Table Of Contents
- Breastfeeding as a birth control method at a glance
- How do I know if breastfeeding is the right method for me?
- How can breastfeeding be used as a birth control option?
- Is it Effective?
- Are there any side effects?
- What are the benefits?
- What are the disadvantages?
- How do I begin?
Breastfeeding As A Birth Control Method At A Glance
- Also sometimes known as Lactational Amenorrhea Method (LAM)
- Can only be used by women who have recently given birth
- Lasts up to six months after giving birth
- A free, safe, and convenient option of birth control
- A natural way to prevent pregnancy
How Do I Know If Breastfeeding Is The Right Method For Me?
To know if it’s right for you, read through the most commonly asked questions below.
There are some limitations to breastfeeding as a birth control option but it is natural, safe, and free.
How Can Breastfeeding Be Used As A Birth Control Option?
If a woman is continuously breastfeeding, her body will not produce the hormone that is required for ovulation (which is what releases the egg from an ovary).
Pregnancy will not occur if an egg is not released.
Is it Effective?
When deciding on a birth control method it is very important to know how effective it is at preventing pregnancy.
Here are some numbers to show how effective breastfeeding is as a birth control method:
- If done continuously and correctly, less than 1 out of 100 women will become pregnant
- If done continuously but not always correctly, about 2 out of 100 women will become pregnant
This birth control option is only reliable for six months after giving birth and only if a woman:
- Has not had a period since delivering her baby
- Breastfeeds her baby at least every 4 hours during the day and every 6 hours at night
- Does not substitute the babies breastfeeding milk for any other food (including formula)
It is important to note that breastfeeding will not protect you against sexually transmitted infections or diseases. Therefore it is important to use another form of birth control, such as a male condom or female condom, to reduce the risks of an infection.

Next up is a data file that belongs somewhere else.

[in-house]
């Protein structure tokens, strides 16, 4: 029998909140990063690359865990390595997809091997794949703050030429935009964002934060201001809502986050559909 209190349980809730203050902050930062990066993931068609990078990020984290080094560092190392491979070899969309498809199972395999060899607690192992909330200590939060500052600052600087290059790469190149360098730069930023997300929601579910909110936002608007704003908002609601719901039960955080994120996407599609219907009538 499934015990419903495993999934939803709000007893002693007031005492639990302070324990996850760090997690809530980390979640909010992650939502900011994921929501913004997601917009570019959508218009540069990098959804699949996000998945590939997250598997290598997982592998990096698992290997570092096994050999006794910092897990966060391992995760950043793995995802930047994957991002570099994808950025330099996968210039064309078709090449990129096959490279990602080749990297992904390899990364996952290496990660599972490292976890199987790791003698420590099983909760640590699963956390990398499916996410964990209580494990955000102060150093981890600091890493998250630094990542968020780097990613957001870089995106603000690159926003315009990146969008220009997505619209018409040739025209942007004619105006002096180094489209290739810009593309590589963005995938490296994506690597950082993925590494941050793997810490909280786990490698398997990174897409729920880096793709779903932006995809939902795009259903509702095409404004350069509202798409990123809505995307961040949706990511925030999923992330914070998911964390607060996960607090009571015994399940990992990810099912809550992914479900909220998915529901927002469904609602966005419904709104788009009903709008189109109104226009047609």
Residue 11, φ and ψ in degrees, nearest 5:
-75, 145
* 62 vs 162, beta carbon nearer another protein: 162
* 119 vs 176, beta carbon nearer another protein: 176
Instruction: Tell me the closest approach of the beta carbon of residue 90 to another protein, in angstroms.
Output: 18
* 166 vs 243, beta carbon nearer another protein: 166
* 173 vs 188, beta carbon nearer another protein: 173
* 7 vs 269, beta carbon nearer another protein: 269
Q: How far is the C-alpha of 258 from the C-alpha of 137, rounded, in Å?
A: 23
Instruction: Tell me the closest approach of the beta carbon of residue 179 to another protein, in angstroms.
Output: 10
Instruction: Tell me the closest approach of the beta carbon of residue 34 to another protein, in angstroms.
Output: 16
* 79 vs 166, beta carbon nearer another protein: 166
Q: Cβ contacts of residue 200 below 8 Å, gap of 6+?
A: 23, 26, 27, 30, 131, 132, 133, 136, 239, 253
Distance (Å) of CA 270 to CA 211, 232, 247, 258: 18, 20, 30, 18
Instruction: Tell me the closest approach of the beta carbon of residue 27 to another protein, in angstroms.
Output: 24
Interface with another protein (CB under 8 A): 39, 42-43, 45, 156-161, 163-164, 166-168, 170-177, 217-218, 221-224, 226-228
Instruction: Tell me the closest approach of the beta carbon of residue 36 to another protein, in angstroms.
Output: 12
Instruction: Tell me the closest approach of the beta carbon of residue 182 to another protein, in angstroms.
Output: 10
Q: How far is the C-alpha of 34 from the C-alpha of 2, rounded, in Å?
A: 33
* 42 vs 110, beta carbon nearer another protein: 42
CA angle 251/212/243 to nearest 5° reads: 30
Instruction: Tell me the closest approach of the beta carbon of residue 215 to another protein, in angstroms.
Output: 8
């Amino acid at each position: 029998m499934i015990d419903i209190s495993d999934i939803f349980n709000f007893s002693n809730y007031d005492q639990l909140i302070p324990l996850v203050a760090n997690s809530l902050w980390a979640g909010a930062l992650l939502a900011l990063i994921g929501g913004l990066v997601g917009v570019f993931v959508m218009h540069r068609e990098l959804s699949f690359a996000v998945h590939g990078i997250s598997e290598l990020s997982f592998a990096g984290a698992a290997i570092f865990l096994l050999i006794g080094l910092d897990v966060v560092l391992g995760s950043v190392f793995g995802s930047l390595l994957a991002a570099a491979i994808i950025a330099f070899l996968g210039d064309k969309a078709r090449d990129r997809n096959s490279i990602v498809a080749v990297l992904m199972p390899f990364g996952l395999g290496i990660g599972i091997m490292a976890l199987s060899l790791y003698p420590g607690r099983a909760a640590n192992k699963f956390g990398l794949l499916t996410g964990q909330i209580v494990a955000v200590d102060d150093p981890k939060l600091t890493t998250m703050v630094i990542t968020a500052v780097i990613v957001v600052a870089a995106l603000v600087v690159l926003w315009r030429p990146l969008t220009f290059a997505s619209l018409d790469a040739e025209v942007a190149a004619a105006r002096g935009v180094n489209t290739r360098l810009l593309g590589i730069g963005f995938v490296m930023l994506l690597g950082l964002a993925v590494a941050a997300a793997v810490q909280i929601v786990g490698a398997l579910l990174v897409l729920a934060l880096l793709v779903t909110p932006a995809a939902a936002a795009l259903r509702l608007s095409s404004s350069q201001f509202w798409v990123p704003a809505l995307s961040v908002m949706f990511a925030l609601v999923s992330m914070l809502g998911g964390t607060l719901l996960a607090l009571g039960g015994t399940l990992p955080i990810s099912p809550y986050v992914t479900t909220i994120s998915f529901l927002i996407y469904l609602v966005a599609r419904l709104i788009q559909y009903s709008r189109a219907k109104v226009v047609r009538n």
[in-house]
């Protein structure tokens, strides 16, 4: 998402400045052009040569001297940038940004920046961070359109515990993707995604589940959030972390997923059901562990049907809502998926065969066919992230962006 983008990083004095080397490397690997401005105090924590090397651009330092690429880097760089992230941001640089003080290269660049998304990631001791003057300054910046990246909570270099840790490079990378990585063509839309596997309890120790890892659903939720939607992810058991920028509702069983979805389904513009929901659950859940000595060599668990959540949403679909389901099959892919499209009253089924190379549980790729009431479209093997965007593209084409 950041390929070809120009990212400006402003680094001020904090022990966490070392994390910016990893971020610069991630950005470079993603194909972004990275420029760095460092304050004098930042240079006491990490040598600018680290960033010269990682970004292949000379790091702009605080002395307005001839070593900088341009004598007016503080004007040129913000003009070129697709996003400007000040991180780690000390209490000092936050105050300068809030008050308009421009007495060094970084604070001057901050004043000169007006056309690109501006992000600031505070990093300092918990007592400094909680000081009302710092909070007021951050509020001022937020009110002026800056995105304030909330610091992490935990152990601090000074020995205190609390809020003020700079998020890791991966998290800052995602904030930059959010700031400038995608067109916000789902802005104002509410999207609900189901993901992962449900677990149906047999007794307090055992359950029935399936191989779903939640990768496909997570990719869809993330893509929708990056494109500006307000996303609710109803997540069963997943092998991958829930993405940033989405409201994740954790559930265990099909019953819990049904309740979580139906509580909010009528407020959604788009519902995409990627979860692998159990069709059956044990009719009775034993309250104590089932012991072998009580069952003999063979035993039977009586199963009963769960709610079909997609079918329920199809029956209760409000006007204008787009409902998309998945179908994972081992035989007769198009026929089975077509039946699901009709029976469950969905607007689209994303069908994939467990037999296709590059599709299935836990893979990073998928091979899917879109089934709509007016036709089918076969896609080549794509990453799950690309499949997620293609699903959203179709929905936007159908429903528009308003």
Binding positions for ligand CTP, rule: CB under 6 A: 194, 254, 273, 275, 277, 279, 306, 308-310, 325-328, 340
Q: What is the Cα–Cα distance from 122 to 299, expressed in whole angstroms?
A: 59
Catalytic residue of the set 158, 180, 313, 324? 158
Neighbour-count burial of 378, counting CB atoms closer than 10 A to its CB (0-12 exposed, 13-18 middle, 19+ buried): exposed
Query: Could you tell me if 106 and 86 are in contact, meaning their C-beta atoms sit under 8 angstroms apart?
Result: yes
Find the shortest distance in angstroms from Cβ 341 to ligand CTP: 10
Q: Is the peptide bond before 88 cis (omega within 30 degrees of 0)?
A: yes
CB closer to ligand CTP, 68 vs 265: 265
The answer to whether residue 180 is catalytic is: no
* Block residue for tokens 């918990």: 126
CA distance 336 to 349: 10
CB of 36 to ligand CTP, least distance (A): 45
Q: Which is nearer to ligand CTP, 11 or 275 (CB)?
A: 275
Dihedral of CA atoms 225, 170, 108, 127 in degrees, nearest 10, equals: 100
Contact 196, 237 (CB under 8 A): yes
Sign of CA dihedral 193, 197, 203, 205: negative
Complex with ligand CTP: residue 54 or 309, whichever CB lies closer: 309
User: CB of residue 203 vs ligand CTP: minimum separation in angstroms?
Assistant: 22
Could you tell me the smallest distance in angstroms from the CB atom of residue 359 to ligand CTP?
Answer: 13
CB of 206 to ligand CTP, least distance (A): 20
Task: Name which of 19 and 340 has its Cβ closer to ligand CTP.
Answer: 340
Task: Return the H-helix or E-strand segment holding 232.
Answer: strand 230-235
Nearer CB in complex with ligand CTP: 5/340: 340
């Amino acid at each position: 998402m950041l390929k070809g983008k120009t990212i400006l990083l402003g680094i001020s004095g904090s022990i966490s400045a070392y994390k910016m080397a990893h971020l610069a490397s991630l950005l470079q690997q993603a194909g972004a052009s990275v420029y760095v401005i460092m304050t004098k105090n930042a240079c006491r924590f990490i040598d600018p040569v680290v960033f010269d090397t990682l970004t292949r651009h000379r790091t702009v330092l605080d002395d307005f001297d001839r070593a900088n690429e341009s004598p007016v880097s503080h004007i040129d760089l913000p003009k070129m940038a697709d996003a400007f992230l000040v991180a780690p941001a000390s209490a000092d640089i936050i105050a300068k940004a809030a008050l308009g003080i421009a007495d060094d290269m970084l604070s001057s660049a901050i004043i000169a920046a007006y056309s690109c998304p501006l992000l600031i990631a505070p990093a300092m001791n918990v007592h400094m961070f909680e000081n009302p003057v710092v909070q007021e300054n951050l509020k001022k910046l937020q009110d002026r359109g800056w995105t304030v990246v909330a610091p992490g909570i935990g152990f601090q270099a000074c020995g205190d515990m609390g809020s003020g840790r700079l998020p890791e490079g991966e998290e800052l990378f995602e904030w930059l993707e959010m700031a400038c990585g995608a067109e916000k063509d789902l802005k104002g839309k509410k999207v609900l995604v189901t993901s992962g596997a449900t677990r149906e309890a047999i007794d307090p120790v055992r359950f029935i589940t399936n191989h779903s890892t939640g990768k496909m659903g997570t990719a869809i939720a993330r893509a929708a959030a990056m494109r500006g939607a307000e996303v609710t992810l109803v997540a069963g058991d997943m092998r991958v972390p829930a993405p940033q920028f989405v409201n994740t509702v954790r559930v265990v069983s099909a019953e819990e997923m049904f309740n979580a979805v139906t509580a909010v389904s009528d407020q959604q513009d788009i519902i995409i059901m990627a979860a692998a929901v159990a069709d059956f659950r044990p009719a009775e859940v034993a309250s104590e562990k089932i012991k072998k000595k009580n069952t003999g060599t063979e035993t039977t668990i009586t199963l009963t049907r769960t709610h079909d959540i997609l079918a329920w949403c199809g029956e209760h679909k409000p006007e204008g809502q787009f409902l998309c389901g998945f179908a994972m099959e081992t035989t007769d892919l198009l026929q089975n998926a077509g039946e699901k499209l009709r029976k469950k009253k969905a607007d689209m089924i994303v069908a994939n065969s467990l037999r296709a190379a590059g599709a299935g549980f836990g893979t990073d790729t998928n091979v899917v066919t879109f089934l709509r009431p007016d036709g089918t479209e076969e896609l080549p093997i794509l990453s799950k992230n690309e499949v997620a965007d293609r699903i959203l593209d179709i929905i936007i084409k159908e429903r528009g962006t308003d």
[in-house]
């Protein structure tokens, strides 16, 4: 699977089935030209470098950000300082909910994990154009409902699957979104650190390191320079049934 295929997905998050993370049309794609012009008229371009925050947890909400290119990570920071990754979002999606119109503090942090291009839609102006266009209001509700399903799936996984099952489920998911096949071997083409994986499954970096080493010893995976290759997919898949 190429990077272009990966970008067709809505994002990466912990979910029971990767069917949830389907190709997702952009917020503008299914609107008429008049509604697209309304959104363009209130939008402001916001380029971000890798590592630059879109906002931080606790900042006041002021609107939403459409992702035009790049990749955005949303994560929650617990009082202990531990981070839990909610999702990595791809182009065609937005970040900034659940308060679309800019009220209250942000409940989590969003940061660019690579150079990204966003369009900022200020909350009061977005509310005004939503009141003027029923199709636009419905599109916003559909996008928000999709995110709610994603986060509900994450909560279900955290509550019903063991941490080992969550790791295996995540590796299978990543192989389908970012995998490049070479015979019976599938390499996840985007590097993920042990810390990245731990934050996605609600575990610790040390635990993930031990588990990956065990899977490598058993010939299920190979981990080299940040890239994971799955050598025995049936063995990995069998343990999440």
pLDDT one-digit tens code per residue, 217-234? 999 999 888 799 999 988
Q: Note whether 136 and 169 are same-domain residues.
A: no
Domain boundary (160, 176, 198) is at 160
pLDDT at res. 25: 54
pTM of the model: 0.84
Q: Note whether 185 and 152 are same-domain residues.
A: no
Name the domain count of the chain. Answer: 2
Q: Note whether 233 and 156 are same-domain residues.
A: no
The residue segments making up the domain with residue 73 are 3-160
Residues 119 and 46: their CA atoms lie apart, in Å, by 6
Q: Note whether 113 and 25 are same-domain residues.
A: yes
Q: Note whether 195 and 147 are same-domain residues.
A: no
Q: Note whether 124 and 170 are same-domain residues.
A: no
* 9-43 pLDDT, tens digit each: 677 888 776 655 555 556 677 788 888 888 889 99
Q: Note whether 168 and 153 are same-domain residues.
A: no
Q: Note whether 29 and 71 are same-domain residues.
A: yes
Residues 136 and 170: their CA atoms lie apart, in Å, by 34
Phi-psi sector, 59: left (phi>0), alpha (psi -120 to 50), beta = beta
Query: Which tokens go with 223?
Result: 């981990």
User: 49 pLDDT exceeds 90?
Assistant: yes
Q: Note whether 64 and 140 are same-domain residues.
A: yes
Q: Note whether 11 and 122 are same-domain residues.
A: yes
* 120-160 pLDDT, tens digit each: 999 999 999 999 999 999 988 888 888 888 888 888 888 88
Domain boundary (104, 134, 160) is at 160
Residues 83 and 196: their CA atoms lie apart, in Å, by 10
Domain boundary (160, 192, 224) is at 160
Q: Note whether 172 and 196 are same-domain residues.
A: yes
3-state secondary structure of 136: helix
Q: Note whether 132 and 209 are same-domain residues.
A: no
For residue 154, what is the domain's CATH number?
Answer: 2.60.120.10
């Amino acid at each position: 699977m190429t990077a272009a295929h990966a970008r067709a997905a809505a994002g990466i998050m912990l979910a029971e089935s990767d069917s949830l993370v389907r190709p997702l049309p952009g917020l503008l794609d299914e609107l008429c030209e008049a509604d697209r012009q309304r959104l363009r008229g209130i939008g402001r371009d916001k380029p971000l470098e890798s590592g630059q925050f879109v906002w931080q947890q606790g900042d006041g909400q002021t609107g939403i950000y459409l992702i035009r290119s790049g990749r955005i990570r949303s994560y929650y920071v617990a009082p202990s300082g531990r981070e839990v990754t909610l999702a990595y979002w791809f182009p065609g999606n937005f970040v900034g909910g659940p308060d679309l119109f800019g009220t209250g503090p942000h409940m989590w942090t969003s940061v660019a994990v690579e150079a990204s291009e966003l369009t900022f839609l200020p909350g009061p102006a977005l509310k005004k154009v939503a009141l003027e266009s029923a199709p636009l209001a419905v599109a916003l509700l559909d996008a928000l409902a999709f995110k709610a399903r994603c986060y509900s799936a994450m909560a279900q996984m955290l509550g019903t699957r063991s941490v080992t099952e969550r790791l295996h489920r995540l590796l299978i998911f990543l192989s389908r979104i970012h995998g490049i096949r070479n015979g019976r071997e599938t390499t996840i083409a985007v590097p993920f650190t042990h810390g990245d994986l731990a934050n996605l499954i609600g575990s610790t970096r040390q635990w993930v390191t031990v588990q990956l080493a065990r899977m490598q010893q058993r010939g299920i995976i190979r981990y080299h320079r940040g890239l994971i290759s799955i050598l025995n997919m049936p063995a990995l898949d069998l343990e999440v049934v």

Six months after delivery, you must consider using other types of birth control.
Are There Any Side Effects?
There are no side effects when using breastfeeding as a method of birth control.
What are the Benefits
Some of the benefits of using this type of birth control are that it is safe, effective, convenient, and free. It can be started right after child birth and is effective immediately. It also reduces bleeding after delivery and has no medical or hormonal side effects.
In addition it does not require:
- Medical supervision or private appointments
- Preparation prior to having vaginal intercourse
- A prescription
Finally, breastfeeding also has health benefits for the baby which include:
- Passing the mother’s antibodies to the baby to protect against particular infections
- Reducing the risk of the baby getting an infection from germs in water, formula, or other milk
- Giving the baby the best nutrition it can receive
- Increasing the bond between a baby its the mother
- Increasing the baby’s immunity against allergies
What are the Disadvantages
The main disadvantages of using breastfeeding as a birth control method is that it is:
- Only available to women who have just given birth
- Can only be relied upon for up to six months
Additionally some mothers find it difficult to rely exclusively on breastfeeding and not use formula to help supplement a baby’s diet. If formula is given to a baby there is a chance a woman can get pregnant again.
It may also make a women feel less sexual about her breasts. It can be uncomfortable and painful as well.
Lastly, breastfeeding can also reduce the vaginal lubrication when a woman is aroused.
How Do I Begin?
Normally many mothers begin breastfeeding shortly after giving birth.
If a mother is having trouble with breastfeeding it is important to seek help from a doctor or nurse as soon as possible to avoid an interruption in lactation.
There are breastfeeding experts that are available to help coach a mother through the process, even with a difficult baby that is unwilling to properly breastfeed.
To learn more about how you can use breastfeeding as a form of birth control, check out Parents.com.
Learn about all Birth Control Options and speak with your doctor before deciding on your birth control method.